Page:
Banks are finding out that stolen passwords are fueling cardless ATM fraud and point to identity proofing as the most difficult challenge in mobile banking. Robert Capps, VP at NuData Security commented below.

Robert Capps, VP at NuData Security:

Robert Capps “Traditionally, ATM security has long relied on multi-factor authentication, namely, something you have (an ATM card issued by the bank) and something you know (the ATM card PIN).  This requirement to possess a physical card kept ATM fraud largely in check. The presence of a physical card meant you either have to steal the legitimate card from the consumer, convince the bank to send a new card to the fraudster or capture the information from the magnetic strip of an authentic bank card, and re-encode this data onto a counterfeit card.”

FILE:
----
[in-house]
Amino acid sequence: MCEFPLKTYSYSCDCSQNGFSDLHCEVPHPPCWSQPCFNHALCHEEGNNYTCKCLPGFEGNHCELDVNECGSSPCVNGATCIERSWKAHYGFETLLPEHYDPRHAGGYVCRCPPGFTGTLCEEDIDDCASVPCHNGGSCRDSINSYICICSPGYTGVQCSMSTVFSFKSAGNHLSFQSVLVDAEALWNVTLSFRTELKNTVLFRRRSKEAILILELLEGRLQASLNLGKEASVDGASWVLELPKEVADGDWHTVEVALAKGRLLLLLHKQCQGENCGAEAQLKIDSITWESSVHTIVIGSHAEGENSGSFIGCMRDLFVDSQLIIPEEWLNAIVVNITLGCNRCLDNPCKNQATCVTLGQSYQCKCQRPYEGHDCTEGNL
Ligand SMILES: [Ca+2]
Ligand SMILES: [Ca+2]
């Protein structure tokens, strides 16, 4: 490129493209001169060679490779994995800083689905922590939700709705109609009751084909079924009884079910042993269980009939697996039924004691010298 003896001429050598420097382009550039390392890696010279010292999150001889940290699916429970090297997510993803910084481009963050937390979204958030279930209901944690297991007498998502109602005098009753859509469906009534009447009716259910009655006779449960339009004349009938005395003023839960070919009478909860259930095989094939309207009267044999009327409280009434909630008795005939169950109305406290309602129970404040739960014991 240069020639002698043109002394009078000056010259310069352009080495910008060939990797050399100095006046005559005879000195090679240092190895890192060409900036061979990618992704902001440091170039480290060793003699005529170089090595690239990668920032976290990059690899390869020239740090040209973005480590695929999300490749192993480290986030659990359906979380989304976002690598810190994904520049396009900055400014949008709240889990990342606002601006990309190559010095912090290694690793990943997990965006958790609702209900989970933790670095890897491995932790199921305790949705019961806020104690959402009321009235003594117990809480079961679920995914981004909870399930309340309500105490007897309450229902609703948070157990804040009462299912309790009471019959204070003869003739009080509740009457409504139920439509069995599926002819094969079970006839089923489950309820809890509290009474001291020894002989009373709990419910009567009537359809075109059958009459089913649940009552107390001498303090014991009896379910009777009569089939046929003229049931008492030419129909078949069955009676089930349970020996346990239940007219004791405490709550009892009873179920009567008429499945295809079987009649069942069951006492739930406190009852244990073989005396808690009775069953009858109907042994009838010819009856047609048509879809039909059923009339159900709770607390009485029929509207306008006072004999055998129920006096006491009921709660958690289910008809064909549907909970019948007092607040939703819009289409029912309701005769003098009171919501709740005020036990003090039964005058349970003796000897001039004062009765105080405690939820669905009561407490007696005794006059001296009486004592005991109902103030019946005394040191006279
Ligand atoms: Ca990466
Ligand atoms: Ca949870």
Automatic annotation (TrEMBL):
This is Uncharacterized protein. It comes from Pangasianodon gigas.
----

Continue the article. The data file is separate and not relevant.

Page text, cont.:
According to Robert, “With the advent of cardless ATMs, we’ve entered a brave new world of ATM security, where the mere knowledge of the consumer’s username and password enables a fraudster to withdraw large sums of money from any cardless-enabled ATM.  By offering this capability, banks have significantly increased the risk exposure to banking customers, while making theft of deposited funds extremely convenient for the fraudster. Luckily, there are technologies in the marketplace that can differentiate between the legitimate consumer and an illegitimate fraudster, even when the bad guys come armed with stolen valid credentials. And, these solutions can do this without burdening the real user with more hurdles. With the application of behavioral analytics and passive biometrics to this problem, these risks can be largely mitigated and safety returned to the ATM channel.”